2.2  Tissue collection and RNA extraction

Placental tissue samples were obtained during elective surgical abortion of uncomplicated pregnancy (ETP individuals) or uterine curettage due to recurrent incomplete or delayed miscarriage (RM individuals), performed in Women's Clinic of Tartu University Hospital in 2003–2006. Karyotype of the collected placental samples was unavailable. Placental samples were immediately washed with 0.9% saline solution to remove maternal blood, snap-frozen in liquid nitrogen and stored at −80 °C or placed into RNAlater solution (Ambion, Austin TX, USA) and kept at −20 °C for RNA analysis. RNA was extracted from 200 mg of homogenized placental tissue (containing trophoblastic and decidual material) of each subject using TRIzol® Reagent (Invitrogen, Paisley, UK) according to supplier's recommendations. To remove the residual phenol from TRIzol®-based extraction, 100 μl of extracted total RNA was further cleaned with NucleoSpin® RNA II mini spin columns (Macherey–Nagel, Düren, Germany) following the manufacturer's protocol. Purity level and concentration was measured using NanoDrop 1000 Spectrophotometer (Thermo Fisher Scientific, Waltham, MA, USA). Aliquots of the RNA used for microarray analysis were evaluated by the Agilent RNA 6000 Nano LabChip kit on an Agilent Bioanalyzer 2100 system (Agilent Technologies, Santa Clara, CA, USA).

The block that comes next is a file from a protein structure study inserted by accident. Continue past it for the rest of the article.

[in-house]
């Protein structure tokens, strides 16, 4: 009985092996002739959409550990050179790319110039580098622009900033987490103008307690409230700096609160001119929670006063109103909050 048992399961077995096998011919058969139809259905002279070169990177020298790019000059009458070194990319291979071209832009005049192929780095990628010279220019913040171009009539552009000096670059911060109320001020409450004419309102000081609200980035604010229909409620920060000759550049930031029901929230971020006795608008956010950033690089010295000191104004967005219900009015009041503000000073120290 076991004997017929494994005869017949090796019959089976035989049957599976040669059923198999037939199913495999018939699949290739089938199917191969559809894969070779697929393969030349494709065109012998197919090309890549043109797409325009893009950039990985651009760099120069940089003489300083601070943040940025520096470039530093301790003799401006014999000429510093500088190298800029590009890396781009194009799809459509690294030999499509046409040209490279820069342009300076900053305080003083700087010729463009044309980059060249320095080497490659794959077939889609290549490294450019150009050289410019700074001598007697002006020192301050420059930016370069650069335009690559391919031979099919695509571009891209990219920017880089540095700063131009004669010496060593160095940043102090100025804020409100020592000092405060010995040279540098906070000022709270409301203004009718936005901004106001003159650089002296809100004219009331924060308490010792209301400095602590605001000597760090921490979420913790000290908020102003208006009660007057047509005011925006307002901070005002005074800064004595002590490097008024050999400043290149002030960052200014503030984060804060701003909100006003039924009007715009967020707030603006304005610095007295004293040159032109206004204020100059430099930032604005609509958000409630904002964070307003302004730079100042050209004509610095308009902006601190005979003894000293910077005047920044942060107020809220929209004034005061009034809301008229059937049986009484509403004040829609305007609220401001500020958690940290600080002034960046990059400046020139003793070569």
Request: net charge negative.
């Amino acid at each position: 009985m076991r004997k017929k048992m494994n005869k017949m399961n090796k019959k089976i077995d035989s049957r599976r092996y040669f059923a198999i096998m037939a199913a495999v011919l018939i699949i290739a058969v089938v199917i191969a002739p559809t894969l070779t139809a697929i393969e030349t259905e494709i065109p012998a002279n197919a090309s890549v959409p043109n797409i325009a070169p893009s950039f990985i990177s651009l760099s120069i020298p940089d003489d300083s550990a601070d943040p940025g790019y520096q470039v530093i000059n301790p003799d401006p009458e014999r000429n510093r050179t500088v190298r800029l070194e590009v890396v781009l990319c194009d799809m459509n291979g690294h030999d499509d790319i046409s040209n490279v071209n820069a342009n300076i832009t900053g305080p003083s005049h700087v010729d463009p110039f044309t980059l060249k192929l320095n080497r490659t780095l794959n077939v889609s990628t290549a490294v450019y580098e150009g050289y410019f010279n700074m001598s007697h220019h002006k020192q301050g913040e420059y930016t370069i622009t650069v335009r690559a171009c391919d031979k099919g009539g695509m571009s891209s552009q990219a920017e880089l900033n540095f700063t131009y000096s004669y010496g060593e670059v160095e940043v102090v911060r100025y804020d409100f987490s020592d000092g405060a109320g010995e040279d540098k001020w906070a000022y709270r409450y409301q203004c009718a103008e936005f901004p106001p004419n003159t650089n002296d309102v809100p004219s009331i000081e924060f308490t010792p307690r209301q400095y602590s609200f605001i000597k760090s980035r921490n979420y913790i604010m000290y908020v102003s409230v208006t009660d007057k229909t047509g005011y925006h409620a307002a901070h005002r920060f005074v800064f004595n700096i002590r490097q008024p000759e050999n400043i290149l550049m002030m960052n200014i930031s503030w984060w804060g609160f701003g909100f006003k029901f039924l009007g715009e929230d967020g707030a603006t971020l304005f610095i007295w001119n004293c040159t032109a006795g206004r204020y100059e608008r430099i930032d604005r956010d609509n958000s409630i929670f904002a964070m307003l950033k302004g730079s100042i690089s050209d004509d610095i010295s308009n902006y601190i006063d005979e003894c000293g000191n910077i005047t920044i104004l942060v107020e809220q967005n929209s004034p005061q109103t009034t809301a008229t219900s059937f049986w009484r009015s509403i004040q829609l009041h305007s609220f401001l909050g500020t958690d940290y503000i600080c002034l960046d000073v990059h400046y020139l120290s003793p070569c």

2.3  Microarray hybridization

Differential gene expression in placental tissues in RM (n = 4) compared to normal first trimester uncomplicated pregnancies (n = 6) was addressed using Affymetrix Human Genome U133 plus 2.0 GeneChip according to manufacturer's recommendations (Affymetrix, Santa Clara, CA, USA). In brief, 1 μg of purified total RNA was used to generate the first strand cDNAs using SuperScript™ II Reverse Transcriptase (Invitrogen) and T7-oligo (dT) primer. Next, in vitro transcription reaction for cRNA amplification and biotin labeling was performed in the presence of T7 RNA Polymerase and a biotinylated nucleotide analog/ribonucleotide mix. Biotin-labeled cRNA targets were cleaned up, fragmented, and hybridized to GeneChip expression arrays.